Captain Carl Fismer
By Katy Mantyk - The Epoch Times
Two Spanish ships, loaded with the belongings of nobility returning to Spain with the armada in 1622 never made it past the Florida Keys.
It is believed that at least one of the ships was sunk by a storm.
Fast forward nearly 400 years. The sunken ship was found by a team of divers hunting for shipwrecks. Only in their dreams could they imagine what they found inside the ship when they swam upon the hull.
A Colombian emerald set in gold, dating back to the Renaissance period, was recovered from the shipwrecked Spanish galleon, Nuestra Señora de Atocha.
It will be among the fascinating, history-rich offerings at Sotheby’s sale of Masterworks on Friday Feb. 1 in New York during Old Masters Week. The treasure is estimated to sell for between $150,000 and $250,000.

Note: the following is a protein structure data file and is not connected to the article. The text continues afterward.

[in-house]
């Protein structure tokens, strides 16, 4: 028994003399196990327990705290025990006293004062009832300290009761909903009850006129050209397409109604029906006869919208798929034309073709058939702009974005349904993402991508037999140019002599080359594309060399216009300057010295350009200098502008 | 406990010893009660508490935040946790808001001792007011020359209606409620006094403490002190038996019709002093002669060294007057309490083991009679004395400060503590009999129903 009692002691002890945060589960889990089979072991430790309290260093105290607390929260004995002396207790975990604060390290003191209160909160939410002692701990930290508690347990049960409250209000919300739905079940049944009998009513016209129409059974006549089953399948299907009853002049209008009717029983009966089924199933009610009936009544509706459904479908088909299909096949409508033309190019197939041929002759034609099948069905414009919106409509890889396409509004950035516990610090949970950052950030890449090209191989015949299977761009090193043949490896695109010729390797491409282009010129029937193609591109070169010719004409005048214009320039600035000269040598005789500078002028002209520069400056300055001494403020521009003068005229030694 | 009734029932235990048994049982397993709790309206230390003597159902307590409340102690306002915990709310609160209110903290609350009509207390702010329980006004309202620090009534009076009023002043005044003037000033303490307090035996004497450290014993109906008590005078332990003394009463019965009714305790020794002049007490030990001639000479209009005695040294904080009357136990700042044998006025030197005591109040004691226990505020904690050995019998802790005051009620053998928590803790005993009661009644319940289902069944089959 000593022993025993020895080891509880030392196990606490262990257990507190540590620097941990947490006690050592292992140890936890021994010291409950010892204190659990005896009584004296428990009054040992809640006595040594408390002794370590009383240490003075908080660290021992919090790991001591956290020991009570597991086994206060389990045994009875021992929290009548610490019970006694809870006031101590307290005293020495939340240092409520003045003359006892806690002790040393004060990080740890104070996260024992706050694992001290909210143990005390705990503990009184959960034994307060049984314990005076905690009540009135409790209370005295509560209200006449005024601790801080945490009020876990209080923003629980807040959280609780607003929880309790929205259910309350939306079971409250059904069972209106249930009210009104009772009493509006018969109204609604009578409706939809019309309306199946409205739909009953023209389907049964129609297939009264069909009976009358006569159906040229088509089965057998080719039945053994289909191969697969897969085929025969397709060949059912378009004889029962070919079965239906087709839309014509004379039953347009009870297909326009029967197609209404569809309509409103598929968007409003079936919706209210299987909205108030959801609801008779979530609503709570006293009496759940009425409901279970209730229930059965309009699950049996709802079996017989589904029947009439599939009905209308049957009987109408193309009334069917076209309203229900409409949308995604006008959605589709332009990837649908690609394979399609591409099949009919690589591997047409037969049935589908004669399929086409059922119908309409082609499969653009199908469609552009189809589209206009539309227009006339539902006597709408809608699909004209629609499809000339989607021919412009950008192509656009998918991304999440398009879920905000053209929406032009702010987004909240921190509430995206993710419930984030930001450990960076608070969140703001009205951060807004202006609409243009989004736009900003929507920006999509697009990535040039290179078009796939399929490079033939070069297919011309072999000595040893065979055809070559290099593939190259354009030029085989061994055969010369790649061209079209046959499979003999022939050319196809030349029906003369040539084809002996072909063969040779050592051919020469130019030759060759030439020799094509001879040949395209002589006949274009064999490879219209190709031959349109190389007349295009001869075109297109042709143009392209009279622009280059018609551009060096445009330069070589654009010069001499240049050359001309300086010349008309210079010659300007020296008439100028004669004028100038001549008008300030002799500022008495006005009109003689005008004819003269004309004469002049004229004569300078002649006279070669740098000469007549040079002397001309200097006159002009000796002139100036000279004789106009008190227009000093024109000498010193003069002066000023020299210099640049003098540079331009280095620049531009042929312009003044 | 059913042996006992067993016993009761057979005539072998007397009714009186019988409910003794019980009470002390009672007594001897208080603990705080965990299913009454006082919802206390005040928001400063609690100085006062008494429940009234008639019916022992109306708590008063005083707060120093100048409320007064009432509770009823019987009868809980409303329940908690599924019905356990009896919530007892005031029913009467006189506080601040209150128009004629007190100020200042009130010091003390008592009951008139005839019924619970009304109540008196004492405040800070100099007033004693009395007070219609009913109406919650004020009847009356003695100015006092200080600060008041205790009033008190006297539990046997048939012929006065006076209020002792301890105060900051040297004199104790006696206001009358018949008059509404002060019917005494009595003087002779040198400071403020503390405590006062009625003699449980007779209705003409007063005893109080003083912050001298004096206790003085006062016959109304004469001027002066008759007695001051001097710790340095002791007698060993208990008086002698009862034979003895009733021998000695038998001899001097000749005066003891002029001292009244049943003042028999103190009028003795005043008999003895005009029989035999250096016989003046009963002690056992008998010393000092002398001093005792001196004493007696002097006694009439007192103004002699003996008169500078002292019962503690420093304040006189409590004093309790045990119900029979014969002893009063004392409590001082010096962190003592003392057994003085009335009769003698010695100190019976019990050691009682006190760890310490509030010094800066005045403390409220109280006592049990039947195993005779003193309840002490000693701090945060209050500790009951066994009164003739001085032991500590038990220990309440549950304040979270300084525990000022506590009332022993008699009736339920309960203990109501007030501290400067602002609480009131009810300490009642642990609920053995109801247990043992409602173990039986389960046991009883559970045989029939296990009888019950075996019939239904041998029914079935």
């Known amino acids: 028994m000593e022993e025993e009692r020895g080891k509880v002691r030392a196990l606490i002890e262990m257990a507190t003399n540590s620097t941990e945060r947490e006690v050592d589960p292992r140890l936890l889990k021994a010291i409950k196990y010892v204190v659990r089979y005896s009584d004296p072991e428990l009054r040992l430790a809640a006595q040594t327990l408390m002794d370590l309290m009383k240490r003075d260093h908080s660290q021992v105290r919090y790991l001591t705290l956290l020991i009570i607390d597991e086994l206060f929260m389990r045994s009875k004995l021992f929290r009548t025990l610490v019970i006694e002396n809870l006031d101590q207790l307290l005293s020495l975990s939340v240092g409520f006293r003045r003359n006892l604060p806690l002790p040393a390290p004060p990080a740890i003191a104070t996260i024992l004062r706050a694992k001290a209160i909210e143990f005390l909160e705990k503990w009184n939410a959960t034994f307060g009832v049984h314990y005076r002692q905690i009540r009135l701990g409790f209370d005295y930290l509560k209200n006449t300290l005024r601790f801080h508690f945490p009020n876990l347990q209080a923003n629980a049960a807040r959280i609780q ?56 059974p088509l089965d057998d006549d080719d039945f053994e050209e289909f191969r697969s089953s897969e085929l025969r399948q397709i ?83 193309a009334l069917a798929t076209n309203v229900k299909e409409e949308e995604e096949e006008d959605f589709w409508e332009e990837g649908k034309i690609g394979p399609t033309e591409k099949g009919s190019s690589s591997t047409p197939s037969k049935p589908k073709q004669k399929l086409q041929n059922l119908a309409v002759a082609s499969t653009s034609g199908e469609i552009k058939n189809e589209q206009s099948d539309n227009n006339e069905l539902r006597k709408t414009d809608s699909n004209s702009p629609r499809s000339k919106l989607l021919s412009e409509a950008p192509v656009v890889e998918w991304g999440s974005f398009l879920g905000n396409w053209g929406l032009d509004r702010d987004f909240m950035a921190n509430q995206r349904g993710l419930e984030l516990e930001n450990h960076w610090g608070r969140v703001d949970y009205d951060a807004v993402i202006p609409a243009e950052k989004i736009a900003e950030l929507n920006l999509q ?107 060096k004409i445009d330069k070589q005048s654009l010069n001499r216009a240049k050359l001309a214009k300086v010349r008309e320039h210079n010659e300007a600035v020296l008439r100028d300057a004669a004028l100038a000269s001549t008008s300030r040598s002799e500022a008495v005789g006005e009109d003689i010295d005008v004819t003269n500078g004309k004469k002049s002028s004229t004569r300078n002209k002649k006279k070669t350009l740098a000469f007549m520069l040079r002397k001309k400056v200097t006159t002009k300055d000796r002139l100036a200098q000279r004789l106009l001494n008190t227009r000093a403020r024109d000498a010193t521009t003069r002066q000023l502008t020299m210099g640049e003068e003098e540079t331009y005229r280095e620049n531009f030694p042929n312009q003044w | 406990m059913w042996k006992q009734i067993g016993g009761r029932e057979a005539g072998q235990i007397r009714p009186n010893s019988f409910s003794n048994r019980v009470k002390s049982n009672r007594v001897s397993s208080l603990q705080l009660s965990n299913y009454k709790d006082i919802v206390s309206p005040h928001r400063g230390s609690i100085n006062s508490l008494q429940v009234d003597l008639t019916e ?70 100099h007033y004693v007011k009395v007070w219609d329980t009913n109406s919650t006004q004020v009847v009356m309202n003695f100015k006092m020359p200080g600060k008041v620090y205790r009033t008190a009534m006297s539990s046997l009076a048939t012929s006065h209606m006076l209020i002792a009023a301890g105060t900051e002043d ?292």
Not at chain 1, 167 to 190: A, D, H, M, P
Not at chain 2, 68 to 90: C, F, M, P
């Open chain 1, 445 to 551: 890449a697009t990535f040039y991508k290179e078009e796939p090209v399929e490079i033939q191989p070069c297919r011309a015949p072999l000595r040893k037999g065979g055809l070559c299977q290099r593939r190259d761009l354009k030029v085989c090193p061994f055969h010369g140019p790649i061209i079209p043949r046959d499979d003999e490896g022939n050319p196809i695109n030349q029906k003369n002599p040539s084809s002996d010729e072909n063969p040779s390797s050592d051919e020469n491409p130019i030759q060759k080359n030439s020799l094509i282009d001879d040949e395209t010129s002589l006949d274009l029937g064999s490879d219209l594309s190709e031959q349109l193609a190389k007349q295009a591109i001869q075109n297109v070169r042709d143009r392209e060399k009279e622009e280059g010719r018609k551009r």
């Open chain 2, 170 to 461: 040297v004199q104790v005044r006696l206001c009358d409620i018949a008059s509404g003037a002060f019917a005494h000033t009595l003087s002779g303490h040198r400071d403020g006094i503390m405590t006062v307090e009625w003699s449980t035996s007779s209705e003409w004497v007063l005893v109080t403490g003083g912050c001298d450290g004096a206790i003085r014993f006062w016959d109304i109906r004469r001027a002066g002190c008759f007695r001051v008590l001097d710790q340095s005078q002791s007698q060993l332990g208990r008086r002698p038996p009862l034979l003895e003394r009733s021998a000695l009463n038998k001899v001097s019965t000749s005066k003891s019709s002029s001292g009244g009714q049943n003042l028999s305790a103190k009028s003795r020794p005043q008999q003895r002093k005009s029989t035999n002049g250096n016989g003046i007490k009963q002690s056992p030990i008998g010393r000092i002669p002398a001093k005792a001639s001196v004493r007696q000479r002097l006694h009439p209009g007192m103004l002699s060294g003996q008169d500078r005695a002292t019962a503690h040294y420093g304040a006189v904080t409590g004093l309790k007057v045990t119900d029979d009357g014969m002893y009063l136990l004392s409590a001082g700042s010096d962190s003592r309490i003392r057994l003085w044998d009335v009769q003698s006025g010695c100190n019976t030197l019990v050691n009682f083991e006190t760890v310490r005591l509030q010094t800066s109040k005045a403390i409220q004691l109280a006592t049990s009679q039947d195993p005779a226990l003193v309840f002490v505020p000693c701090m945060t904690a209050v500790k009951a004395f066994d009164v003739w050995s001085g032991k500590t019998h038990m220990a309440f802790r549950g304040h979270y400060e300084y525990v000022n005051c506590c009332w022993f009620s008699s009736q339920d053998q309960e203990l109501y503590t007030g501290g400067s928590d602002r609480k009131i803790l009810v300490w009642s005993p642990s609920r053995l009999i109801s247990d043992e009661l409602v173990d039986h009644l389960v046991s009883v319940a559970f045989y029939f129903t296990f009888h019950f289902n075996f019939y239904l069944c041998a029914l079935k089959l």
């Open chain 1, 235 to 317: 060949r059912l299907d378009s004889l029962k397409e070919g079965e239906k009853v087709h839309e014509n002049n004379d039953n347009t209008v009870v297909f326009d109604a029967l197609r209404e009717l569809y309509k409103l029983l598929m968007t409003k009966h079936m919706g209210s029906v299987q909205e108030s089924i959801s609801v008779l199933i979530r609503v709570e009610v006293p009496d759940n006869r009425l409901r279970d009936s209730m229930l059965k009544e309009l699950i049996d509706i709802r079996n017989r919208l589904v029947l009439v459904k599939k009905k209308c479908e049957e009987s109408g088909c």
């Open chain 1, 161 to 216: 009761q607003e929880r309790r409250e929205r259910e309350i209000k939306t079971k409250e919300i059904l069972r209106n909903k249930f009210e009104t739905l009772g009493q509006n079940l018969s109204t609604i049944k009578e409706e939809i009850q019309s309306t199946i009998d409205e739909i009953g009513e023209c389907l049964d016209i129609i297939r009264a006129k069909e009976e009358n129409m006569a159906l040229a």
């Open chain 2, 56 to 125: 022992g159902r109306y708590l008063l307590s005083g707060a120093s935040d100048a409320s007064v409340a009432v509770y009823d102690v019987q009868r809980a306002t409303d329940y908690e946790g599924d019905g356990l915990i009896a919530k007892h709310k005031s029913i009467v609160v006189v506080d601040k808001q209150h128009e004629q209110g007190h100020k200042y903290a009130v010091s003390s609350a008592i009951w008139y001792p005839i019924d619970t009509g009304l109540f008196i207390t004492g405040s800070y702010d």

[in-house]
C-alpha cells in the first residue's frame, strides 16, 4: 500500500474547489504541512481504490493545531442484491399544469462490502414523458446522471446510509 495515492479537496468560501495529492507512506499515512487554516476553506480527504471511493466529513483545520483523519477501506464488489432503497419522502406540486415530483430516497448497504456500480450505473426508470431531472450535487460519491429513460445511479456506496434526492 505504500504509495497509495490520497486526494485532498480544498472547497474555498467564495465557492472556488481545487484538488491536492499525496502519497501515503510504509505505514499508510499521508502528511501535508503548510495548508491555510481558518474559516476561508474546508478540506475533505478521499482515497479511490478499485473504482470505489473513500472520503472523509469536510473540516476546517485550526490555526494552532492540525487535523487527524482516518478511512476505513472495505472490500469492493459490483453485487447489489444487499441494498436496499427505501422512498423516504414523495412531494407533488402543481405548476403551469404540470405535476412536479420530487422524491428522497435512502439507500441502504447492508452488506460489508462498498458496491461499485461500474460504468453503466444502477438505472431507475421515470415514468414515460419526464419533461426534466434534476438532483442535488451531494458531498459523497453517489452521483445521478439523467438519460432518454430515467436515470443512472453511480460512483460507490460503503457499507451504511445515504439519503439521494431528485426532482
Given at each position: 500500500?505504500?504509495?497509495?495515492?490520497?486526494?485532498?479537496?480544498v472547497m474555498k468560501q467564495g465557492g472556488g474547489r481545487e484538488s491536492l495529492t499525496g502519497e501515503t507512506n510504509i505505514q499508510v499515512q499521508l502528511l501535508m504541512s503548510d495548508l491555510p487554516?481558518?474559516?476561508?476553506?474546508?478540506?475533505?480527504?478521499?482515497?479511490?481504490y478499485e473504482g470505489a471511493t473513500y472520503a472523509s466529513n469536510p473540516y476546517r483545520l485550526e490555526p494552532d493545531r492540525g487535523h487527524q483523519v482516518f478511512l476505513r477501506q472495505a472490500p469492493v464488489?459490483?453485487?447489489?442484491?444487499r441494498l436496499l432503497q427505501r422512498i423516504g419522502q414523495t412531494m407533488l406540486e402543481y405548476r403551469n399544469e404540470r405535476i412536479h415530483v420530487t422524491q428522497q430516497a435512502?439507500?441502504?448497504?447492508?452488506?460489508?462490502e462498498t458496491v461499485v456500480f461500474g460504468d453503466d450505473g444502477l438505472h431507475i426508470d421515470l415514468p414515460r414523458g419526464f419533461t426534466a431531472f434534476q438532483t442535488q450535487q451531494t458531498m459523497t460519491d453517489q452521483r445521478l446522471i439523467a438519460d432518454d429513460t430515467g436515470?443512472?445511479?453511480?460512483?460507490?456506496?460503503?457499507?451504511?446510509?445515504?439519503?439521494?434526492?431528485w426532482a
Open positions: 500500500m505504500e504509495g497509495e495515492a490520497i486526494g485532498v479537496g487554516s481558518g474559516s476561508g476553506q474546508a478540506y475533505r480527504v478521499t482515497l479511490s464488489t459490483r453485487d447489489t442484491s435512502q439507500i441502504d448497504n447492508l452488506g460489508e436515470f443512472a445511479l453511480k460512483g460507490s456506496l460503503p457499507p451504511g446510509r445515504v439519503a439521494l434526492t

The ship Atocha was commissioned by the Casa de Contractación, a Spanish government agency which attempted to regulate Spanish exploration and colonization efforts, and was named for Our Lady of Atocha, whose shrine in Madrid was regularly visited by Spanish kings.
The ship was constructed in Cuba and, after ill-fated attempts to depart the shipyard due to needed repairs, she finally crossed the Atlantic and arrived in Spain late in 1620.
Next, in Cartagena, Colombia and Portobelo, Panama, the galleon was loaded with the belongings of the noble families and other passengers making the return journey to Spain with the armada.
The fleet set sail for Spain with goods and passengers on September 4, 1622 in the midst of hurricane season.
Both the Atocha and the Santa Margarita only sailed as far as the Florida Keys before they hit a squall and sank along the reefs.